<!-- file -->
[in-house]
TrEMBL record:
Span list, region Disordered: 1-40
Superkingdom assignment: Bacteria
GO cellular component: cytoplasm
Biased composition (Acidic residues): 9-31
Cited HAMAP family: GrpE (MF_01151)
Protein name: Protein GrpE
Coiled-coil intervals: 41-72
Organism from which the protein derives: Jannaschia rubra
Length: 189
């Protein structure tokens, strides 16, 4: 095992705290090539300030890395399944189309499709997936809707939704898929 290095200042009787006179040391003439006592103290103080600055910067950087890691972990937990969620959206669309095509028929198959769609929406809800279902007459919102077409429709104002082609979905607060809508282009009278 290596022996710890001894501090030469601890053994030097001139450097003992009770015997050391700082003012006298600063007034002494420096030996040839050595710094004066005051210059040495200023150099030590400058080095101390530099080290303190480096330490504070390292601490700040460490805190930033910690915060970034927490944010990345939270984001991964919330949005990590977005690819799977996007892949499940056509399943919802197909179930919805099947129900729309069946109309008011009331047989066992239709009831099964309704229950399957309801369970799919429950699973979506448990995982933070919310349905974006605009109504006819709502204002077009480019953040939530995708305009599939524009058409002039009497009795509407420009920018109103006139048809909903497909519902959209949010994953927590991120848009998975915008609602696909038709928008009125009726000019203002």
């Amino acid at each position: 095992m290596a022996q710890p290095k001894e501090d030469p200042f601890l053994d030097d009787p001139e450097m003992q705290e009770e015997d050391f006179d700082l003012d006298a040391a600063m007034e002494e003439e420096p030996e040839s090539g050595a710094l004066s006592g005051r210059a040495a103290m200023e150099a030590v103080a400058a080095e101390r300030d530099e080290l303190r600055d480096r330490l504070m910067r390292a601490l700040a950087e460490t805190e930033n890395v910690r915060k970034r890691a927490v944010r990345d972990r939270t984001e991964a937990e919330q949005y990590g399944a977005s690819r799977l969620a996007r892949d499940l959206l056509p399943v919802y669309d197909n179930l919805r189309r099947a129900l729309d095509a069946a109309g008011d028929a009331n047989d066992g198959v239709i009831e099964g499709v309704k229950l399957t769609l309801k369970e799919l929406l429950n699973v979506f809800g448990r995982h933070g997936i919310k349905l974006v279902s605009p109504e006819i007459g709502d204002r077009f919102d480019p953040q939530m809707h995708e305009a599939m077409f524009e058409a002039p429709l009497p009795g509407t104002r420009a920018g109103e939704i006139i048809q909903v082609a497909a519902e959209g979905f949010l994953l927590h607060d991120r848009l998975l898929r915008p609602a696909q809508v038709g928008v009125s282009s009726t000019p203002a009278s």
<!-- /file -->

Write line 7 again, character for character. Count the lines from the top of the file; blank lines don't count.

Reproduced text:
Cited HAMAP family: GrpE (MF_01151)